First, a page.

President Reagan will enter Bethesda Naval Hospital on Friday for a follow-up examination of his colon, from which a cancerous tumor was removed in July, the White House announced today.
Presidential spokesman Larry Speakes said Reagan will undergo a colonoscopy, the same type of examination that discovered the tumor last year.
After the tumor was found to be malignant, Reagan's doctors said he should have colonoscopies every six months for the rest of his life to guard against the growth of new, potentially cancerous lesions.
This will be the first of those routine follow-up examinations.
2 Follow-Up Exams
Since the surgery July 13, in which a two-foot section of Reagan's colon was removed, the President has had two routine follow-up exams that included blood tests and X-rays.
Reagan has said those exams, which did not include colonoscopies, showed that his recovery from surgery is "100% complete."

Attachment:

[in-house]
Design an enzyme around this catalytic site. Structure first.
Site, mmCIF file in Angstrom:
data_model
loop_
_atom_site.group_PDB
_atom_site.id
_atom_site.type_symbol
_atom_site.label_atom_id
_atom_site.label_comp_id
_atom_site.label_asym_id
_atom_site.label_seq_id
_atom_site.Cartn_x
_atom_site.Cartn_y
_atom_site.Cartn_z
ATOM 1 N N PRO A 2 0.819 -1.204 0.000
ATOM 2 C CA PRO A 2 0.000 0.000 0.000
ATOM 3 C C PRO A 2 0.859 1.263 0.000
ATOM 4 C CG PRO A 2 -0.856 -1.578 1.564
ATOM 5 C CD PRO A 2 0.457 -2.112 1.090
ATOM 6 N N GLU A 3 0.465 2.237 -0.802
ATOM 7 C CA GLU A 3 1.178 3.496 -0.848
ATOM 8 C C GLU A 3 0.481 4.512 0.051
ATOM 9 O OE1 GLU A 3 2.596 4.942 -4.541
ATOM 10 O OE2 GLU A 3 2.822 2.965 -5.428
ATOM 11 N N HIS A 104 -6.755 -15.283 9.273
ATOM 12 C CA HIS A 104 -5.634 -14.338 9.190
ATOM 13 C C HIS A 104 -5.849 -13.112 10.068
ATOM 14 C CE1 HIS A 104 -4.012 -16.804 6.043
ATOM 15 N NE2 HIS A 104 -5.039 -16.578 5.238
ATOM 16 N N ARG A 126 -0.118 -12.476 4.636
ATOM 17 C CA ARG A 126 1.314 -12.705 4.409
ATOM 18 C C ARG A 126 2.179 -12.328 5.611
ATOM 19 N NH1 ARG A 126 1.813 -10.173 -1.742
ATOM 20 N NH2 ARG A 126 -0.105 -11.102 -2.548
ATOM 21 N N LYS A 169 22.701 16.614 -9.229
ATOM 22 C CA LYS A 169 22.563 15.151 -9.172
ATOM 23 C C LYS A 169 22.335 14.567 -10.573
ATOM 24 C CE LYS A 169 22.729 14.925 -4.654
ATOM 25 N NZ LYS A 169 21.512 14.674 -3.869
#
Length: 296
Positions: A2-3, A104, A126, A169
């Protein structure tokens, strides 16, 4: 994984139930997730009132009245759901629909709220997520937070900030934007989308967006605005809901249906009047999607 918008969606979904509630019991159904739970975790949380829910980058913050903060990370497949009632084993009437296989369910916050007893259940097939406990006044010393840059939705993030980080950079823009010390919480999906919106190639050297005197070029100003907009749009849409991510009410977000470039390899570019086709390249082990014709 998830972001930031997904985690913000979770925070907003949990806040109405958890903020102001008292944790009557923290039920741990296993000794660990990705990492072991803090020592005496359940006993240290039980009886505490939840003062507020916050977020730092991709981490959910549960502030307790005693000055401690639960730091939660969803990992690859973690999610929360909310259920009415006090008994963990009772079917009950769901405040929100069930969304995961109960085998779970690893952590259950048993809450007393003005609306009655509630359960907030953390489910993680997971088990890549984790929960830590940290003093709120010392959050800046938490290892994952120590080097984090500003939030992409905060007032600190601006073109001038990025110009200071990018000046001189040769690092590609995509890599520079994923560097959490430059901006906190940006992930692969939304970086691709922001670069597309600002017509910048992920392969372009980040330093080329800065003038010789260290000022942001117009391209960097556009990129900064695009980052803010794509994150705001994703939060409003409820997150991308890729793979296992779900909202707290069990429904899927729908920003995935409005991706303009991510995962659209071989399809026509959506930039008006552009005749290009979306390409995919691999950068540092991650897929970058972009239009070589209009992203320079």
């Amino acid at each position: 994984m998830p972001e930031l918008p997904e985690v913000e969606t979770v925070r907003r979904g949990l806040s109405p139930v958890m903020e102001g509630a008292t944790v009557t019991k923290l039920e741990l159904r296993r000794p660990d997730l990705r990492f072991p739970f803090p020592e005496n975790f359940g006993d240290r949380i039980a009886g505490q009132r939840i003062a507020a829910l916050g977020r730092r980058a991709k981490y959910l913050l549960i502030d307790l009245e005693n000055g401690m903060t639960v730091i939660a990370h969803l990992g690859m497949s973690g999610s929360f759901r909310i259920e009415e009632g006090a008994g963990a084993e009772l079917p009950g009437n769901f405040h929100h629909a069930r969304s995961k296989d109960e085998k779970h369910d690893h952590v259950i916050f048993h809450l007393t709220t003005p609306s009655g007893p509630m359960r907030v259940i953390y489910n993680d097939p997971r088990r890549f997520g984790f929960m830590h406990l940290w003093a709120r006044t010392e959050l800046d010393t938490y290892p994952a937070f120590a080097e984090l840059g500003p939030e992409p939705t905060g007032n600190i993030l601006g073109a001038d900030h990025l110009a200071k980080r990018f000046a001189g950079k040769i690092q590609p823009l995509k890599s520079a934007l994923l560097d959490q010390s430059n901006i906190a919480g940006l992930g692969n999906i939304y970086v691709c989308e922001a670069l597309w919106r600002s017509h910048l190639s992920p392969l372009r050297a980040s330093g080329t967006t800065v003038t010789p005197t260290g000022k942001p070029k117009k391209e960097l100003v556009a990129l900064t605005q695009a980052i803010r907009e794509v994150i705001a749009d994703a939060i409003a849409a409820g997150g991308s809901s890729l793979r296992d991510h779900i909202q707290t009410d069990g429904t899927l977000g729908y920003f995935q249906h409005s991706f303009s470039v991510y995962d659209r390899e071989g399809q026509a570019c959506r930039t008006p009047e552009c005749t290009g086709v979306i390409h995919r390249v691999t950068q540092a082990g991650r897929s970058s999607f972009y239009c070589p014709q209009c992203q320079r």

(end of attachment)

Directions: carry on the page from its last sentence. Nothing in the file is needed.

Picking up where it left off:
A colonoscopy involves the insertion of a long, flexible tube into the colon to permit doctors to visually examine the bowel wall, which sometimes produces fleshy growths known as polyps, which can grow into cancerous lesions.
Speakes said today that it has not been determined whether the President will spend Friday night at the hospital after the examination. He said that depending on how Reagan feels, the weather and whether there is any post-examination bleeding.